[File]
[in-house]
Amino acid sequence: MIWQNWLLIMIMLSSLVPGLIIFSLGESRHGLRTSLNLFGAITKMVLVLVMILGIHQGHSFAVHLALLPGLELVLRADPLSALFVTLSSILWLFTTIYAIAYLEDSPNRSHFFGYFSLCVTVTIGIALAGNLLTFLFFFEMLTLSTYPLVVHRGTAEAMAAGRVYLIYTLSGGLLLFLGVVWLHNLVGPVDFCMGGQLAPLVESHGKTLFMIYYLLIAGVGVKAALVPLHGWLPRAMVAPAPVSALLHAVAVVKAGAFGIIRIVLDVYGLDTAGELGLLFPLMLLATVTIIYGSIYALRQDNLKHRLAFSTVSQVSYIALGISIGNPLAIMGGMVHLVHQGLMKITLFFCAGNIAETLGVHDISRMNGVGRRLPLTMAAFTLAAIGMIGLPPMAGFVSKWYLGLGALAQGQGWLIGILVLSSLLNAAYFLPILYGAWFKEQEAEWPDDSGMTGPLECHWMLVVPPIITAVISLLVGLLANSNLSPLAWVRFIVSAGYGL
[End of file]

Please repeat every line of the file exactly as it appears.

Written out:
[in-house]
Amino acid sequence: MIWQNWLLIMIMLSSLVPGLIIFSLGESRHGLRTSLNLFGAITKMVLVLVMILGIHQGHSFAVHLALLPGLELVLRADPLSALFVTLSSILWLFTTIYAIAYLEDSPNRSHFFGYFSLCVTVTIGIALAGNLLTFLFFFEMLTLSTYPLVVHRGTAEAMAAGRVYLIYTLSGGLLLFLGVVWLHNLVGPVDFCMGGQLAPLVESHGKTLFMIYYLLIAGVGVKAALVPLHGWLPRAMVAPAPVSALLHAVAVVKAGAFGIIRIVLDVYGLDTAGELGLLFPLMLLATVTIIYGSIYALRQDNLKHRLAFSTVSQVSYIALGISIGNPLAIMGGMVHLVHQGLMKITLFFCAGNIAETLGVHDISRMNGVGRRLPLTMAAFTLAAIGMIGLPPMAGFVSKWYLGLGALAQGQGWLIGILVLSSLLNAAYFLPILYGAWFKEQEAEWPDDSGMTGPLECHWMLVVPPIITAVISLLVGLLANSNLSPLAWVRFIVSAGYGL